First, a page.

"Idiot? I got thirty fi' o' your mushrats so far an' fo' here," he indicated the packsack. "Now I see that I got me 'nother in the hollow tree. I'll let ye see me pull it out an' kill it, Gates, afore I roll ye in the slough an' let ye sink in the deep sand."

He walked toward and bent near the hollow sycamore while Andy made a mighty effort to loose his bonds. He strained, felt the flexible wire give, and knew that he could free himself. If he could only do it in time . . .

He saw Luke pull at the taut wire and heard a spitting snarl. Fury incarnate, Frosty came out of the hollow and sprang straight to Luke's head. He clawed and scratched while he continued to spit.

Luke stood up, waved his hands like windmill blades, lost his footing, and tumbled backwards into the slough. Andy gasped, continuing to strain at the wire that bound him, even while he remained unable to take his eyes from the drama being enacted before his eyes. The slough was quicksand, and as far as Andy knew, it was bottomless. But a good swimmer, even a fully clothed one, who knew what he was doing could cross it safely. Andy sighed in relief.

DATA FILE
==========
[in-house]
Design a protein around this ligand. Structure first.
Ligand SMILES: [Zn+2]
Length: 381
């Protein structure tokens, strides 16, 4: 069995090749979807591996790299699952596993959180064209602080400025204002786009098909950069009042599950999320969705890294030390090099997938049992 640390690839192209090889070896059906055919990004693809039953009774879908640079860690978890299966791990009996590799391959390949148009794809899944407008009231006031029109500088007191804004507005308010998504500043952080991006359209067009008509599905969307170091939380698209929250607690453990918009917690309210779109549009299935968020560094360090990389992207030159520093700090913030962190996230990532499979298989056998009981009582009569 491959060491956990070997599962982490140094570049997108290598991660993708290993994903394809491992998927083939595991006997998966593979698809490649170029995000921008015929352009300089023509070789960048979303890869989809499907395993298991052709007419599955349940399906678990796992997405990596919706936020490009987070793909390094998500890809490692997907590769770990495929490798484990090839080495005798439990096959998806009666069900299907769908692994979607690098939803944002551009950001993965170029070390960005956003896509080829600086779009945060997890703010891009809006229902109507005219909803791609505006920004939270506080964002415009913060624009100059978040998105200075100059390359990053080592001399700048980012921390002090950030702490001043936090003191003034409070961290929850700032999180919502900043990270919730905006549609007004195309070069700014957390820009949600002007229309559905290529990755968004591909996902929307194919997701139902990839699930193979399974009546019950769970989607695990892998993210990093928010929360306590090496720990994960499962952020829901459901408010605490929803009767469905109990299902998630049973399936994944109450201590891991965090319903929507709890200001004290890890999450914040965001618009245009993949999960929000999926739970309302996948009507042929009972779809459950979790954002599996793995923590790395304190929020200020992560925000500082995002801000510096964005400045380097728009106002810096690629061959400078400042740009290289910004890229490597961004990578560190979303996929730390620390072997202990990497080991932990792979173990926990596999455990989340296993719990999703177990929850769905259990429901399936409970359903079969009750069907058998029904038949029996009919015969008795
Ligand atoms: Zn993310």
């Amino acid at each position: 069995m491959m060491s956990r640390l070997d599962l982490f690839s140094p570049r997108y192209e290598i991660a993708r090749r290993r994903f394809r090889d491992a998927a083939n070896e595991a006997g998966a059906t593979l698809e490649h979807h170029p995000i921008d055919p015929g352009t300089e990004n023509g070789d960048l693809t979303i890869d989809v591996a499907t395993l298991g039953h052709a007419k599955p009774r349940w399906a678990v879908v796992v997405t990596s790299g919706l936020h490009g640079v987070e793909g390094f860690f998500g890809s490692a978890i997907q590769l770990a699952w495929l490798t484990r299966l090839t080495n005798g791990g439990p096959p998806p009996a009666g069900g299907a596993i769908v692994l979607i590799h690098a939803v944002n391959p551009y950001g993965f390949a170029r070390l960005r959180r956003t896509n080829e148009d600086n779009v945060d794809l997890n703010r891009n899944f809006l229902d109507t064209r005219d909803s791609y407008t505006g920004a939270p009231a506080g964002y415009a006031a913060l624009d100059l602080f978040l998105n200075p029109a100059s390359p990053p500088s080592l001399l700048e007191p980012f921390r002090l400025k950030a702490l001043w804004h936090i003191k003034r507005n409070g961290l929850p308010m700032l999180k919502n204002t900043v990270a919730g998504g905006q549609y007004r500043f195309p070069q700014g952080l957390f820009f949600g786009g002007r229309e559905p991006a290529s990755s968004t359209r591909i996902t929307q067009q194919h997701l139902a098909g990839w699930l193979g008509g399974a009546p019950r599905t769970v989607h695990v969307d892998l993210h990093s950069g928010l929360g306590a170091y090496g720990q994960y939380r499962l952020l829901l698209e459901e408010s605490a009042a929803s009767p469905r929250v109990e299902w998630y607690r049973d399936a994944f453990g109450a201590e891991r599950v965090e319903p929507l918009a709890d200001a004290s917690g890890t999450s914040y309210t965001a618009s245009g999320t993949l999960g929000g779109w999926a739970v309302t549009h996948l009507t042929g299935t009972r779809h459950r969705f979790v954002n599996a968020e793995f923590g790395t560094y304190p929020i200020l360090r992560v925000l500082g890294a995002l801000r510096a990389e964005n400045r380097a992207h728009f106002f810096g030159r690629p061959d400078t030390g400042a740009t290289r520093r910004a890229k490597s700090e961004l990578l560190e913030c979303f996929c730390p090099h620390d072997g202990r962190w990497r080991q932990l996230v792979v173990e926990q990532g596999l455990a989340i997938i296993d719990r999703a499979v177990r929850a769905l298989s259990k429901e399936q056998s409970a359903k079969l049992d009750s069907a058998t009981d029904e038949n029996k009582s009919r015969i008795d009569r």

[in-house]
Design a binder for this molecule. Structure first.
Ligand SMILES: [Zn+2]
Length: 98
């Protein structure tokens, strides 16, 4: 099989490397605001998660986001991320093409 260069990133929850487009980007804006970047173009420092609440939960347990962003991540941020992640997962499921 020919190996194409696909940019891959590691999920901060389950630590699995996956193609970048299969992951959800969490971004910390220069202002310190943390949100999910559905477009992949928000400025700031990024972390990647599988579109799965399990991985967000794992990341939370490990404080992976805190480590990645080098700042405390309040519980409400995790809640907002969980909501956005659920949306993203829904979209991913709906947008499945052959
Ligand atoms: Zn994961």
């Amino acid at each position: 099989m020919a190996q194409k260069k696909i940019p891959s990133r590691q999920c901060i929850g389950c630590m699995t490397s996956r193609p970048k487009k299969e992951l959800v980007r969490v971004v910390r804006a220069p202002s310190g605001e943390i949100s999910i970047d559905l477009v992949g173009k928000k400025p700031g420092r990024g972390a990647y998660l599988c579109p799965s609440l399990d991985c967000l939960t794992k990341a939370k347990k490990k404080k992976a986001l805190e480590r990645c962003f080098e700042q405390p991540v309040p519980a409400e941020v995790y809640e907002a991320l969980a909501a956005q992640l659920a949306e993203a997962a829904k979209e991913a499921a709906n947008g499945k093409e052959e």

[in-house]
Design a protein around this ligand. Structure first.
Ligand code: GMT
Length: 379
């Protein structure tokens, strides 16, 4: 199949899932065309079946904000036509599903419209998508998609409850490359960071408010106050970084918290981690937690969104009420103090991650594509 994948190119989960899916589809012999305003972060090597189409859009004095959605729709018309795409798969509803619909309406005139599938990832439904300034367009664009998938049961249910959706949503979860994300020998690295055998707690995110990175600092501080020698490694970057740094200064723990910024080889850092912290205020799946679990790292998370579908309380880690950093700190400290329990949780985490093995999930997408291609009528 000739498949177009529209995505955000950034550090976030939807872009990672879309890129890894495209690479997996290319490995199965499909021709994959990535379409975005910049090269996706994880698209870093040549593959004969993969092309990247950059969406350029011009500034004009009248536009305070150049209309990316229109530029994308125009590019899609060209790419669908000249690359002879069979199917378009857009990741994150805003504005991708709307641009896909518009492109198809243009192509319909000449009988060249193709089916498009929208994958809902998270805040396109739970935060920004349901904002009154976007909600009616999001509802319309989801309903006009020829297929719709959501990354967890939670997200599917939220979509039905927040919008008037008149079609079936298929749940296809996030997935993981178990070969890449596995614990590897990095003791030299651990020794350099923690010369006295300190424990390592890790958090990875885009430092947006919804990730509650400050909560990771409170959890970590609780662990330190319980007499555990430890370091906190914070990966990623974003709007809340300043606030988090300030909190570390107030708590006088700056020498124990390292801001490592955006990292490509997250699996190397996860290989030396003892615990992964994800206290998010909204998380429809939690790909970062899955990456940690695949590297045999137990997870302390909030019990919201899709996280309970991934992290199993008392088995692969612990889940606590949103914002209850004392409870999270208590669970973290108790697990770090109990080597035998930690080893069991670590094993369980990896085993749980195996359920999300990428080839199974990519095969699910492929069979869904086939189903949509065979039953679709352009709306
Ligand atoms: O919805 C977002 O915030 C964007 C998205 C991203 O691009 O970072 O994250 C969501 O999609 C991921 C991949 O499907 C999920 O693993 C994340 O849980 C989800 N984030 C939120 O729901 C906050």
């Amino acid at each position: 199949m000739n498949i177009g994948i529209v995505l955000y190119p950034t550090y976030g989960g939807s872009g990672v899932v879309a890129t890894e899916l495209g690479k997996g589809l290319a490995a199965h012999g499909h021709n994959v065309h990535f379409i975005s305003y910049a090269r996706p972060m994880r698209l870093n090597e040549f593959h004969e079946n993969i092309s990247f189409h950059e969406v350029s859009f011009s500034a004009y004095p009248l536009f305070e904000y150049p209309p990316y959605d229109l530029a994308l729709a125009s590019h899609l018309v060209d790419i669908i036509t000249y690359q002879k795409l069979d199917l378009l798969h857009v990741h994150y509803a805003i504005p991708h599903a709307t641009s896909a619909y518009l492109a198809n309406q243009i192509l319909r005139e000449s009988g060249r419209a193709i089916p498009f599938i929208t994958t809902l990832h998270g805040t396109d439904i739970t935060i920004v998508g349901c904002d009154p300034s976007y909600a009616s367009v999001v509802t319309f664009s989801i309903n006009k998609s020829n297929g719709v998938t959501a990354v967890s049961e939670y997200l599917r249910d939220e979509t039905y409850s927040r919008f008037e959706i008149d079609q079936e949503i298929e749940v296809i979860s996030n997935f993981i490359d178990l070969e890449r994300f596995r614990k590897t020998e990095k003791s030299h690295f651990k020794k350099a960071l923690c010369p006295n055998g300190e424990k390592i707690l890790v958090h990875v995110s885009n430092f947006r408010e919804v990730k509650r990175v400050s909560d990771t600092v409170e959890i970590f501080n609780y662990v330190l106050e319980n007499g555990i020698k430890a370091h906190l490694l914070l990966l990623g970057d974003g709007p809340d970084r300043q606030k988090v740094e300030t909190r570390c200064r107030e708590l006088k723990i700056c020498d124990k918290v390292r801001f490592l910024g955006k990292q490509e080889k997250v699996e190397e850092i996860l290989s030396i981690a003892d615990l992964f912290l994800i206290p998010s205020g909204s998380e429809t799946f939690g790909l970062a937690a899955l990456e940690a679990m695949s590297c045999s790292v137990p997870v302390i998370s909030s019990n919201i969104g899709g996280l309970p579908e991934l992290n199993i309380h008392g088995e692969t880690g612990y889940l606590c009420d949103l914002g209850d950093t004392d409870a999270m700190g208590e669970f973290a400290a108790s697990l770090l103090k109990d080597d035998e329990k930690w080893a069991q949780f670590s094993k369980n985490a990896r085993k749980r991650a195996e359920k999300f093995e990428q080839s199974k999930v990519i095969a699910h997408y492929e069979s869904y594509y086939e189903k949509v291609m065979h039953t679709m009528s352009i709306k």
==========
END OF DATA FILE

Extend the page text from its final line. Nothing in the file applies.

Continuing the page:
Luke was a good swimmer, and obviously he both realized his danger and knew what he was doing. Only the muskrat-skin hat, leaving a trailing V-curl behind it, broke water as he dog-paddled very slowly and very cautiously. He would make it all right.

The thing that came did so with uncanny silence. A great horned owl that had not been there a second before was there now, hovering over what could be nothing except a swimming muskrat. It struck, and rose with Luke's hat in its talons. Then it was gone.